- Compact weather-sealed body
- Excellent feel to the focus ring, including a nice manual focus clutch mechanism
- Outstanding image sharpness across the frame at all focal lengths, apertures and distances
- Very pleasing bokeh for a standard zoom lens
- Rich contrast and color
- Excellent close-focus abilities
- Fast, quiet and accurate autofocus
- Good control of vignetting
- Build quality slightly lower than what I would consider a true pro-grade build, though still well-constructed
- Lateral chromatic aberration visible at most settings
- Prone to flare in certain circumstances
- Barrel distortion at the wide end when not digitally corrected
The Olympus 12-40mm f/2.8 is a lens that fills a need for a lot of shooters, and I’m happy to report it does so with excellent quality. The lens is simply brilliantly sharp across the frame right from wide open and at all focal lengths. It’s really hard to ask more from a zoom. It might be the overall sharpest standard zoom I’ve had the pleasure to use.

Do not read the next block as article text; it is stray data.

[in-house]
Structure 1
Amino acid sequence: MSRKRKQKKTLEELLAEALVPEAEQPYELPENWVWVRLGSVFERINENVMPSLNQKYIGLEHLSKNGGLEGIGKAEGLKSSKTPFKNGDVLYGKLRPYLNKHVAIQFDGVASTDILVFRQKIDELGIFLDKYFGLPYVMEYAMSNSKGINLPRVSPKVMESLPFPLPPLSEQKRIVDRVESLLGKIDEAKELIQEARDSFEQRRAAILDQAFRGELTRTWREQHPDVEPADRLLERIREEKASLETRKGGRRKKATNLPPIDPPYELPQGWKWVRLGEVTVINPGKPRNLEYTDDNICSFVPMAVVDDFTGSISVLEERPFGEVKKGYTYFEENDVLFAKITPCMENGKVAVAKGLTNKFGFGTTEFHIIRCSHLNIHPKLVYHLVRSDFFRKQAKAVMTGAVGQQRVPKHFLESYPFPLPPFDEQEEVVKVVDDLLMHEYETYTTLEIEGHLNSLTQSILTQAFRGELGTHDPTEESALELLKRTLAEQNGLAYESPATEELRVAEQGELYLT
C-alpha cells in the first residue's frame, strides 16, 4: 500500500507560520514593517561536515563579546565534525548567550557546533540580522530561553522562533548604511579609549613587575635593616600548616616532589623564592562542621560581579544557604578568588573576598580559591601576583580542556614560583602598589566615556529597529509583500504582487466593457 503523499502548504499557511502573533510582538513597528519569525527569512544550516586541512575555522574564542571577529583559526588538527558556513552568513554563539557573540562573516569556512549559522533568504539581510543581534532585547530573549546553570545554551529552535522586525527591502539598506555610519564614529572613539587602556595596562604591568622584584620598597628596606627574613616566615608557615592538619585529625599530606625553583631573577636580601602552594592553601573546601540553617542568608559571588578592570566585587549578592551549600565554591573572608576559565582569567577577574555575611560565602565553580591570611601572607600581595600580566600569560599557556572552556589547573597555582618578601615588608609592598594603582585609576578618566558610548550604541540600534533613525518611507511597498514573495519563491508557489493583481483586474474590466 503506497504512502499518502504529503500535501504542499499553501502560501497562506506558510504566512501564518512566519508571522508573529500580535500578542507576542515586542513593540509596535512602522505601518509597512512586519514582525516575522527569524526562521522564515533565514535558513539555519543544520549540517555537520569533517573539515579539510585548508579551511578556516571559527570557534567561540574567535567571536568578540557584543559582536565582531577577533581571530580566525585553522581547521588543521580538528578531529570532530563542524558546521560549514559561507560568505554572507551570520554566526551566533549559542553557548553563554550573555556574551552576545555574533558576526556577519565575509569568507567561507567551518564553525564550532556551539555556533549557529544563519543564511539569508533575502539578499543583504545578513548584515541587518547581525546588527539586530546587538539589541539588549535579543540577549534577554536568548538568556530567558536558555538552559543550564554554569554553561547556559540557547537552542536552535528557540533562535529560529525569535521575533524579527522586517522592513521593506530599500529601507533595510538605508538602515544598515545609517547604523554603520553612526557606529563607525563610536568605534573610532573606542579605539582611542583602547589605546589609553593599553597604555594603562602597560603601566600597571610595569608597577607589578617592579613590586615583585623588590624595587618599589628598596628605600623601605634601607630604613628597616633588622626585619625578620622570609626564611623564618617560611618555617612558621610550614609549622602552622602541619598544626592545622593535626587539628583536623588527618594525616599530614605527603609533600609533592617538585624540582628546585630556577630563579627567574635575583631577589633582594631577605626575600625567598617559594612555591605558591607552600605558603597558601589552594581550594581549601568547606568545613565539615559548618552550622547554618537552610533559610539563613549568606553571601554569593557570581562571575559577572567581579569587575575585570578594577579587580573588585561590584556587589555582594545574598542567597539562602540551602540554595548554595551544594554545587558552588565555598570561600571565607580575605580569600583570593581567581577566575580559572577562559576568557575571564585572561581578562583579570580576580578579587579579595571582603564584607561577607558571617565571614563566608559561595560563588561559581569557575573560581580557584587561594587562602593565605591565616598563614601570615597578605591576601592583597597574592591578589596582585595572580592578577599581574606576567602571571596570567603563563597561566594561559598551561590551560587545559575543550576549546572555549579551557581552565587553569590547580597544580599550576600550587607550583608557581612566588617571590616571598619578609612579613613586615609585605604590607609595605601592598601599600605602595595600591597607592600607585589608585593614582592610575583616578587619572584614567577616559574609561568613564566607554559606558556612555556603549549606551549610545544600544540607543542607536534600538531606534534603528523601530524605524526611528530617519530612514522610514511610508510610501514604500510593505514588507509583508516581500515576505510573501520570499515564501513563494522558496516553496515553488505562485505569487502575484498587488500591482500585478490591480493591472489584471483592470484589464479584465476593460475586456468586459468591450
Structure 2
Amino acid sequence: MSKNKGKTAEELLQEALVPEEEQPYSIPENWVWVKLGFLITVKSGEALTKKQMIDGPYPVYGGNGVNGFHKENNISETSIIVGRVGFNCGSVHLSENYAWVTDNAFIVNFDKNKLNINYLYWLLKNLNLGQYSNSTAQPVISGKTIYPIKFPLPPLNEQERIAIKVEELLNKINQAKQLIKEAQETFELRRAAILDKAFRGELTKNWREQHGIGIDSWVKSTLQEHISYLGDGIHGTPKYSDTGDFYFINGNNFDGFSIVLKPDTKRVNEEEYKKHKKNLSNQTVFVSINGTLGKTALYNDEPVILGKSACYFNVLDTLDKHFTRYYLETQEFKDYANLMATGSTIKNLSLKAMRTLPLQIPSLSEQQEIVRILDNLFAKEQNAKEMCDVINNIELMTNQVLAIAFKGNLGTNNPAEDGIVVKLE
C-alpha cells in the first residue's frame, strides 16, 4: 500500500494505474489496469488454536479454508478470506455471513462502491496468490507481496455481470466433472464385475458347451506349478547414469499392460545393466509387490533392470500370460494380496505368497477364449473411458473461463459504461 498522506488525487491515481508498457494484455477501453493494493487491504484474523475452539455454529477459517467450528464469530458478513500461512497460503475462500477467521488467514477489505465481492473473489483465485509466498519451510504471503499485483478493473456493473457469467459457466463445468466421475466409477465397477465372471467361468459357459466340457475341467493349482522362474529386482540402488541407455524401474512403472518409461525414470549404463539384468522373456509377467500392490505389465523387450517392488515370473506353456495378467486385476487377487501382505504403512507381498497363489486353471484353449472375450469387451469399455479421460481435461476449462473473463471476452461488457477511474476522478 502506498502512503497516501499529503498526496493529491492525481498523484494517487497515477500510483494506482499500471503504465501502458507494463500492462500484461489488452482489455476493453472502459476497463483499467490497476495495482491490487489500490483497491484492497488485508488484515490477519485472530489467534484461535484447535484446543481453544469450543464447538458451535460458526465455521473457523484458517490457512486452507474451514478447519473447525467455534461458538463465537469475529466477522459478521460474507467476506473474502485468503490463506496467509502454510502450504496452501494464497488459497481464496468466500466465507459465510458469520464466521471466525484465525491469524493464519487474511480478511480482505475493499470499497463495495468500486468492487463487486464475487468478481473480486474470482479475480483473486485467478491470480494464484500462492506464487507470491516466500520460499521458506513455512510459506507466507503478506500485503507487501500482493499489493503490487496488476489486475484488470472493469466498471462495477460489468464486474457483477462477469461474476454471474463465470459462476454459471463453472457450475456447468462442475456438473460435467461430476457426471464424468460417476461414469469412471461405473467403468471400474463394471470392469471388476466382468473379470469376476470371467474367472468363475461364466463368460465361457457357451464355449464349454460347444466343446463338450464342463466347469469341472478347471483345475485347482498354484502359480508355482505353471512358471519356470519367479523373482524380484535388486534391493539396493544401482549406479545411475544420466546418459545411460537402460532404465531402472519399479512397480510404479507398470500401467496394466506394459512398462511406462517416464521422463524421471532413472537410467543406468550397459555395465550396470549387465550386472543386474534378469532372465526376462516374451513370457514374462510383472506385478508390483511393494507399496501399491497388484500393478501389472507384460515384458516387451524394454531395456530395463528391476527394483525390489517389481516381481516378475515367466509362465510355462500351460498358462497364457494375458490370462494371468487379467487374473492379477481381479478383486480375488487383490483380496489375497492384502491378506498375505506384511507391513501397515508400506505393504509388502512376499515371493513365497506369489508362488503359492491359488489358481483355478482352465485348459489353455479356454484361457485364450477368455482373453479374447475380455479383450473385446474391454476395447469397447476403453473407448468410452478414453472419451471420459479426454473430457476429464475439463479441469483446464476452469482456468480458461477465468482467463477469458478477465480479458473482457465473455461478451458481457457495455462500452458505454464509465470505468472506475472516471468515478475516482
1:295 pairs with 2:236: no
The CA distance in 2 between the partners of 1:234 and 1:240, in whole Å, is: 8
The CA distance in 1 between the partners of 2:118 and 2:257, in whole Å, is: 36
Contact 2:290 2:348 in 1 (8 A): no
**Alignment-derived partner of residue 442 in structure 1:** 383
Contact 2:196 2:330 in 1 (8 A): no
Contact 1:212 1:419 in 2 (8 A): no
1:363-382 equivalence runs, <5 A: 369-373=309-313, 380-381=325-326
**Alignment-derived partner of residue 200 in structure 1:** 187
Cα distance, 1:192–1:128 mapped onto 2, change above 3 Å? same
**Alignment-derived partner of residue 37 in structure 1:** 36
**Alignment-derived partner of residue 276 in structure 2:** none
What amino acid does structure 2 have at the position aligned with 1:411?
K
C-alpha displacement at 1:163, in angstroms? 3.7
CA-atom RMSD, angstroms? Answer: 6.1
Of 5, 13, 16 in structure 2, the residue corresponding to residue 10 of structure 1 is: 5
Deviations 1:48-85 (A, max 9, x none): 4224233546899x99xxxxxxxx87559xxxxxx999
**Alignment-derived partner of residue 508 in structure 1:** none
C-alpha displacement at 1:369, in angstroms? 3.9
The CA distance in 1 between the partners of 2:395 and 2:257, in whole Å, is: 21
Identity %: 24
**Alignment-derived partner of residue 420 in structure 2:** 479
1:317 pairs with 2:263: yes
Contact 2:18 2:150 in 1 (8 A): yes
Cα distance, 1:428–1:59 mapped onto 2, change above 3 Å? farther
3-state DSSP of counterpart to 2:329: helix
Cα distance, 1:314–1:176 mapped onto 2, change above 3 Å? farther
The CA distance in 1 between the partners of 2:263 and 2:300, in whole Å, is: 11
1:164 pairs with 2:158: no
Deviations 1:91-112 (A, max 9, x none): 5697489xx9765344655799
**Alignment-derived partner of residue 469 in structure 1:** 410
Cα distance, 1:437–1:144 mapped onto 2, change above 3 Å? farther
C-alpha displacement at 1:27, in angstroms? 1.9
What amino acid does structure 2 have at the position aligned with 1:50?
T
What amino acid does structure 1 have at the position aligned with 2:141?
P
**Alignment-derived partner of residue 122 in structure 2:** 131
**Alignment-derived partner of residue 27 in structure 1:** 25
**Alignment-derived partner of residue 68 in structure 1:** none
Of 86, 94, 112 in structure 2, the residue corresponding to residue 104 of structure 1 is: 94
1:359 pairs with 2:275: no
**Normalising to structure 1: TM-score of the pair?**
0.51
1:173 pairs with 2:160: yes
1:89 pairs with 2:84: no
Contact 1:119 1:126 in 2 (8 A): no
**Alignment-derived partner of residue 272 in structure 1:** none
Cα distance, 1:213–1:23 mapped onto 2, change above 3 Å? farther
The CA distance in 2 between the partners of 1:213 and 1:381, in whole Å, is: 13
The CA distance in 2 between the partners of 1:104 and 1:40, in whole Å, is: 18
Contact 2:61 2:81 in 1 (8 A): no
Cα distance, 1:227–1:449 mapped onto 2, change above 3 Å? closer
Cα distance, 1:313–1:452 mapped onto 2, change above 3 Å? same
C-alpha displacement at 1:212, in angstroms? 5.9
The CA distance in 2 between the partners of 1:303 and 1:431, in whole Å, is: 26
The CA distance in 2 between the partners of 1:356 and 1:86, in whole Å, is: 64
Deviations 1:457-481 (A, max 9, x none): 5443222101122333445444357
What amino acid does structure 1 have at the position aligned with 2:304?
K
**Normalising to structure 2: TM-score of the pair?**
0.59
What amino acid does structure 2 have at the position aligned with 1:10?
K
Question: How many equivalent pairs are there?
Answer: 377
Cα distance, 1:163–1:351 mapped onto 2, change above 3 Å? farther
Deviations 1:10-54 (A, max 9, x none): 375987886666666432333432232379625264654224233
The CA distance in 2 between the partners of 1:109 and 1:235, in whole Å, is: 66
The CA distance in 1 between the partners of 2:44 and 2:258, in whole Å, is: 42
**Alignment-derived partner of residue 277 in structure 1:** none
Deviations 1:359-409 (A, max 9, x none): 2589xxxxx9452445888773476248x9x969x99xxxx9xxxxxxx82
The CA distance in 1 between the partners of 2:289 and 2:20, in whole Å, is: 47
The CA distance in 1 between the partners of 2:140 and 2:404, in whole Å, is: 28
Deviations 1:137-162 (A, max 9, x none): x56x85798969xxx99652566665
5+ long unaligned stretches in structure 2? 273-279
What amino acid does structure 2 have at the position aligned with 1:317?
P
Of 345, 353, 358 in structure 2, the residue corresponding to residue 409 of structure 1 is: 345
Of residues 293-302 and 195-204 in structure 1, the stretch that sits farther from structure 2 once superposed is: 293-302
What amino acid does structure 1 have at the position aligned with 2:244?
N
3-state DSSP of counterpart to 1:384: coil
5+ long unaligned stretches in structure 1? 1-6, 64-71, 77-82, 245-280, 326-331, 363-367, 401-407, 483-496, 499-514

It’s not a perfect lens, with some chromatic aberration and reliance on software distortion correction, and I felt the lens, while nicely constructed, fell a bit short of what I consider to be ‘pro-grade’ in the build quality department. However, optically, there’s not much to worry about. Color and contrast are excellent, bokeh is very pleasing and the prime-like sharpness makes this a phenomenal lens for landscape use and everyday utility. If you shoot Micro 4/3 as your primary camera system, the 12-40mm f/2.8 should be in your kit. The lens is moderately expensive at $999 US, but for the optical quality you get in a nice compact package, it’s well worth the cost. The other competitor in this space is Panasonic’s quite good 12-35mm f/2.8, but in my opinion, the Olympus is the better optic, and should be the first choice when Micro 4/3 shooters are saving up for a fast standard zoom, unless optical image stabilization is a requirement.
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